A year after new administrators vowed to improve North Carolina’s crippled probation system, staffing shortage are even worse, reports the Raleigh News and Observer. Despite a top-level shake-up designed to correct years of poor management, a reliance on outdated technology and chronically high caseloads for officers, 141 street-level positions are vacant, up 32 from roughly a year ago. An 8 percent vacancy rate coupled with a 10 percent turnover rate mean remaining officers are responsible for picking up the slack.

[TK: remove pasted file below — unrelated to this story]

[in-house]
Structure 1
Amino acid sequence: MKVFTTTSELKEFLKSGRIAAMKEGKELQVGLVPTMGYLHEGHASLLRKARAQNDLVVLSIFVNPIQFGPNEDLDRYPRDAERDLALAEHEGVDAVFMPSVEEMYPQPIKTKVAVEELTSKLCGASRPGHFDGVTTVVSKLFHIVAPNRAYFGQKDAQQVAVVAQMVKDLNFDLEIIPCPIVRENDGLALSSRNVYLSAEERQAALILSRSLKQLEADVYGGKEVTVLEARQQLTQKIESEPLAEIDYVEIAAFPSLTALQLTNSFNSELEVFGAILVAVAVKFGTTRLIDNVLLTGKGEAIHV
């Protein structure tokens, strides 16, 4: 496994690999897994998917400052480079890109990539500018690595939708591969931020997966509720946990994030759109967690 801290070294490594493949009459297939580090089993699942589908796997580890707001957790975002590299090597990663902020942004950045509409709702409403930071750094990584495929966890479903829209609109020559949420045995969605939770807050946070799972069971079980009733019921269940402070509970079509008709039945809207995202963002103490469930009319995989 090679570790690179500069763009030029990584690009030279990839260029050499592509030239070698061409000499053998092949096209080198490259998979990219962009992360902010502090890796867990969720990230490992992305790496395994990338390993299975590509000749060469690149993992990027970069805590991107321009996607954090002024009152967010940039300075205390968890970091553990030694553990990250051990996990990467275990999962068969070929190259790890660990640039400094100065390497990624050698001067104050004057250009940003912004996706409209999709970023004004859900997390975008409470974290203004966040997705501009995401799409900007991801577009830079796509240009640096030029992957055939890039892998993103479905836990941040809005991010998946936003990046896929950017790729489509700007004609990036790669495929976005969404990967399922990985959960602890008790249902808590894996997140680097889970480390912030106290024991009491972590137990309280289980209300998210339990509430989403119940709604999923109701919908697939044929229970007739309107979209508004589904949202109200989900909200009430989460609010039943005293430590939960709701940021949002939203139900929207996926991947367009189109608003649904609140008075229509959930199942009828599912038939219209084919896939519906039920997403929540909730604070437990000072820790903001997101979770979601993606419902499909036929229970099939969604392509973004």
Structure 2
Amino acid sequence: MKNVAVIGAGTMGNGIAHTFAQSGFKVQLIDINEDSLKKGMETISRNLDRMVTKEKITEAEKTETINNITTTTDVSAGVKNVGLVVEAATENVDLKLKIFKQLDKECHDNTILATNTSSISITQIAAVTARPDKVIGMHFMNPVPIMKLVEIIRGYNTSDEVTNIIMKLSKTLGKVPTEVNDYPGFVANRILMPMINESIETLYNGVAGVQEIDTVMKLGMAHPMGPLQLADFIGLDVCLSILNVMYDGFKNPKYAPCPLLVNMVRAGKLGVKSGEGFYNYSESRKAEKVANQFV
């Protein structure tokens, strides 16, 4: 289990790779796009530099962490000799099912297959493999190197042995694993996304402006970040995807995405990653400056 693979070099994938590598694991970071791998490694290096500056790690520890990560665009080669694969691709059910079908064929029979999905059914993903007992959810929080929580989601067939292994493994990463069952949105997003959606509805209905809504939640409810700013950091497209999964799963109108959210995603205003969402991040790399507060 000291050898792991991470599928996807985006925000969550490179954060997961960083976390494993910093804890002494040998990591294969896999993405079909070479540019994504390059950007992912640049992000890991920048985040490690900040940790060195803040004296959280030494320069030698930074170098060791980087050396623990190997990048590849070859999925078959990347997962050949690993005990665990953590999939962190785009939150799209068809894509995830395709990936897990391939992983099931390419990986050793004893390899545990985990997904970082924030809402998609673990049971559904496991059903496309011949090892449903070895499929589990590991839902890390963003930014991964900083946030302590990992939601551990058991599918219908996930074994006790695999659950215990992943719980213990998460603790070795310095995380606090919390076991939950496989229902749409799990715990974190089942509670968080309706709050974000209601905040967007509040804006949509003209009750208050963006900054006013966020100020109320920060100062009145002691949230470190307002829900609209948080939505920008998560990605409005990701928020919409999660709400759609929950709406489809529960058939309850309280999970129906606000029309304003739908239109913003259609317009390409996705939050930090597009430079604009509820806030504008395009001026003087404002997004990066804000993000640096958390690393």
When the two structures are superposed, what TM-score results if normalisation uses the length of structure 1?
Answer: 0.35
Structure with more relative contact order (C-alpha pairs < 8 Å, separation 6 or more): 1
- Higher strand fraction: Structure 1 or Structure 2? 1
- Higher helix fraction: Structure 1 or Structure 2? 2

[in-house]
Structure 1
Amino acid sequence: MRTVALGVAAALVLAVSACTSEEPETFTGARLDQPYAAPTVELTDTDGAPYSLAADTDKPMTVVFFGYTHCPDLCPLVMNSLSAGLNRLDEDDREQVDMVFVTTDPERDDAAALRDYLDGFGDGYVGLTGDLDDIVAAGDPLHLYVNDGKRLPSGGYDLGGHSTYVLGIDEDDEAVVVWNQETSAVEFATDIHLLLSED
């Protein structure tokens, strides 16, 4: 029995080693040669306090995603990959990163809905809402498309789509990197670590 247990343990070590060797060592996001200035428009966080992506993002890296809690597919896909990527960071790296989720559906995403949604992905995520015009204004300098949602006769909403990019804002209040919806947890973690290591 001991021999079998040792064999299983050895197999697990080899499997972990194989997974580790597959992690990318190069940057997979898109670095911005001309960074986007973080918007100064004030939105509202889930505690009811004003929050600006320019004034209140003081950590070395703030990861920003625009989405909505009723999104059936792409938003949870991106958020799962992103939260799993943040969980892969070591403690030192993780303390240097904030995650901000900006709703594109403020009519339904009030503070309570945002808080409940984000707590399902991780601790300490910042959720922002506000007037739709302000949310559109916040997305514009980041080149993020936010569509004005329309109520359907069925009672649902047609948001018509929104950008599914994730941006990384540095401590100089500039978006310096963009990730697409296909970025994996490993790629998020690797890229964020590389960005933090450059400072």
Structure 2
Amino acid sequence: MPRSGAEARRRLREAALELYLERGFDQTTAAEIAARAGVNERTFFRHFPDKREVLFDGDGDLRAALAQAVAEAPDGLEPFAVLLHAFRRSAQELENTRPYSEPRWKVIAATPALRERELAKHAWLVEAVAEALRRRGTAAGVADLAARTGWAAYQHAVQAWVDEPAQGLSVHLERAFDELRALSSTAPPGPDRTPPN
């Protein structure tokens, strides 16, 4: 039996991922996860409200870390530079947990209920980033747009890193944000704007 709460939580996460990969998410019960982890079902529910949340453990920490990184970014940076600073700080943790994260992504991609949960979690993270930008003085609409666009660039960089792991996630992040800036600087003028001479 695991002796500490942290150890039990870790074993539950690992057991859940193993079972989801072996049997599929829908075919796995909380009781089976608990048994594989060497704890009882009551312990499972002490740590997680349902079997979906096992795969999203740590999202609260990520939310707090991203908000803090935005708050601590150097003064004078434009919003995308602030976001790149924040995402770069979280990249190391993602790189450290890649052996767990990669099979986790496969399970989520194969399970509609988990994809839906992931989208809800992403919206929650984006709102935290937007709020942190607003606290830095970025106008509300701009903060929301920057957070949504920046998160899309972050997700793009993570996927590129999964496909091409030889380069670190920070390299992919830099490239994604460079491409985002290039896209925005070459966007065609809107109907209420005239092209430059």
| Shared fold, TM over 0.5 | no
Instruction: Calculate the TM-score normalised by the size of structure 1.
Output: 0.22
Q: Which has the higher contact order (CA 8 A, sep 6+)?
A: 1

Correction officials say they delayed some hires in order to be able to offer jobs to employees of seven prisons the state is closing. They say they focused first on the work to close those prisons, a decision pushed on them by legislators trying to cut the budget. In North Carolina, roughly 40,000 offenders are in prison, and more than 111,000 are on probation. The state has roughly 1,750 probation officers and supervisors charged with helping low-level offenders rebuild their lives and stay out of costly prisons.